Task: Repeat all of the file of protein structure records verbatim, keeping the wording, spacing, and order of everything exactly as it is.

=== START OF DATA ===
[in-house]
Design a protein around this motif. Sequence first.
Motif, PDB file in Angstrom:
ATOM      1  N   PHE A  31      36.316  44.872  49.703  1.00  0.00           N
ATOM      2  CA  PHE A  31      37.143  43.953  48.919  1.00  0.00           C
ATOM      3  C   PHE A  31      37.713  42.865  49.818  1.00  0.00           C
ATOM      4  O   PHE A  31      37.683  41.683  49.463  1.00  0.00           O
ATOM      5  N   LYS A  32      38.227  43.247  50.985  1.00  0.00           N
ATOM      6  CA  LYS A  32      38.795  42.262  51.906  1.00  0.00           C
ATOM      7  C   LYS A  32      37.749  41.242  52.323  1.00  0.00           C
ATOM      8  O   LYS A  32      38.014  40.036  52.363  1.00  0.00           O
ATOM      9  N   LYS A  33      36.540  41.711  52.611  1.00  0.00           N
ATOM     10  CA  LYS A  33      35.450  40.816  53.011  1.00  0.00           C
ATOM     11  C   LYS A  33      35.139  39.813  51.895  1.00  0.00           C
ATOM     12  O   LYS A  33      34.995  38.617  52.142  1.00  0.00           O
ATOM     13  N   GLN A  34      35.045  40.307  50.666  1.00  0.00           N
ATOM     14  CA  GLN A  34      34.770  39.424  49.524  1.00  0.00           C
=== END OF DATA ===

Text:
[in-house]
Design a protein around this motif. Sequence first.
Motif, PDB file in Angstrom:
ATOM      1  N   PHE A  31      36.316  44.872  49.703  1.00  0.00           N
ATOM      2  CA  PHE A  31      37.143  43.953  48.919  1.00  0.00           C
ATOM      3  C   PHE A  31      37.713  42.865  49.818  1.00  0.00           C
ATOM      4  O   PHE A  31      37.683  41.683  49.463  1.00  0.00           O
ATOM      5  N   LYS A  32      38.227  43.247  50.985  1.00  0.00           N
ATOM      6  CA  LYS A  32      38.795  42.262  51.906  1.00  0.00           C
ATOM      7  C   LYS A  32      37.749  41.242  52.323  1.00  0.00           C
ATOM      8  O   LYS A  32      38.014  40.036  52.363  1.00  0.00           O
ATOM      9  N   LYS A  33      36.540  41.711  52.611  1.00  0.00           N
ATOM     10  CA  LYS A  33      35.450  40.816  53.011  1.00  0.00           C
ATOM     11  C   LYS A  33      35.139  39.813  51.895  1.00  0.00           C
ATOM     12  O   LYS A  33      34.995  38.617  52.142  1.00  0.00           O
ATOM     13  N   GLN A  34      35.045  40.307  50.666  1.00  0.00           N
ATOM     14  CA  GLN A  34      34.770  39.424  49.524  1.00  0.00           C